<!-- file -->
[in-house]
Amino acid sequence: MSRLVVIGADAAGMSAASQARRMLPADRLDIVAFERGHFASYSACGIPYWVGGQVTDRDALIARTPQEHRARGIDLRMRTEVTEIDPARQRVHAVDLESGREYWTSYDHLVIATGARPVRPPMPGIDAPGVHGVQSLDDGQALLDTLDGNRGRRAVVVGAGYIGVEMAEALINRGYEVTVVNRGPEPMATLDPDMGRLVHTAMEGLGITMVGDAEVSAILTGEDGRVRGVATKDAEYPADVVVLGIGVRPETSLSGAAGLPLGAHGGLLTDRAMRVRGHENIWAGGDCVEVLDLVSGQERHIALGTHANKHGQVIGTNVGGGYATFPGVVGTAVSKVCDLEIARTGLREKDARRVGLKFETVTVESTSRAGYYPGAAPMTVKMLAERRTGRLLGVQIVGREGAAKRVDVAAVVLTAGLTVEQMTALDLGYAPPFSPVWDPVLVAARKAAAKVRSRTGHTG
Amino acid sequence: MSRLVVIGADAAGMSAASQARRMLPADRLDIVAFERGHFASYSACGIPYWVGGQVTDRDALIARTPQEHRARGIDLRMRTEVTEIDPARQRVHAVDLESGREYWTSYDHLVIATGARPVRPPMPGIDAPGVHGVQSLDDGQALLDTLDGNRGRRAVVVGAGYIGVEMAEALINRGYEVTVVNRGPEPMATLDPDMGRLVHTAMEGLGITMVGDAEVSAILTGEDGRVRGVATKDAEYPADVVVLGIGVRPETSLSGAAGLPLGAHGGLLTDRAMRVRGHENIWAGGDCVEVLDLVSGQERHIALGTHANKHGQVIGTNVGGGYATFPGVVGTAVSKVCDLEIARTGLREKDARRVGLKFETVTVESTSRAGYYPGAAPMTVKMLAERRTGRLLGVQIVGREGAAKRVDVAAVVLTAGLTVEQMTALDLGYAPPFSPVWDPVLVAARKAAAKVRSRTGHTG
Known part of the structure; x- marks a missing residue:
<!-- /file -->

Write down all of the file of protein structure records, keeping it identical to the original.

[in-house]
Amino acid sequence: MSRLVVIGADAAGMSAASQARRMLPADRLDIVAFERGHFASYSACGIPYWVGGQVTDRDALIARTPQEHRARGIDLRMRTEVTEIDPARQRVHAVDLESGREYWTSYDHLVIATGARPVRPPMPGIDAPGVHGVQSLDDGQALLDTLDGNRGRRAVVVGAGYIGVEMAEALINRGYEVTVVNRGPEPMATLDPDMGRLVHTAMEGLGITMVGDAEVSAILTGEDGRVRGVATKDAEYPADVVVLGIGVRPETSLSGAAGLPLGAHGGLLTDRAMRVRGHENIWAGGDCVEVLDLVSGQERHIALGTHANKHGQVIGTNVGGGYATFPGVVGTAVSKVCDLEIARTGLREKDARRVGLKFETVTVESTSRAGYYPGAAPMTVKMLAERRTGRLLGVQIVGREGAAKRVDVAAVVLTAGLTVEQMTALDLGYAPPFSPVWDPVLVAARKAAAKVRSRTGHTG
Amino acid sequence: MSRLVVIGADAAGMSAASQARRMLPADRLDIVAFERGHFASYSACGIPYWVGGQVTDRDALIARTPQEHRARGIDLRMRTEVTEIDPARQRVHAVDLESGREYWTSYDHLVIATGARPVRPPMPGIDAPGVHGVQSLDDGQALLDTLDGNRGRRAVVVGAGYIGVEMAEALINRGYEVTVVNRGPEPMATLDPDMGRLVHTAMEGLGITMVGDAEVSAILTGEDGRVRGVATKDAEYPADVVVLGIGVRPETSLSGAAGLPLGAHGGLLTDRAMRVRGHENIWAGGDCVEVLDLVSGQERHIALGTHANKHGQVIGTNVGGGYATFPGVVGTAVSKVCDLEIARTGLREKDARRVGLKFETVTVESTSRAGYYPGAAPMTVKMLAERRTGRLLGVQIVGREGAAKRVDVAAVVLTAGLTVEQMTALDLGYAPPFSPVWDPVLVAARKAAAKVRSRTGHTG
Known part of the structure; x- marks a missing residue: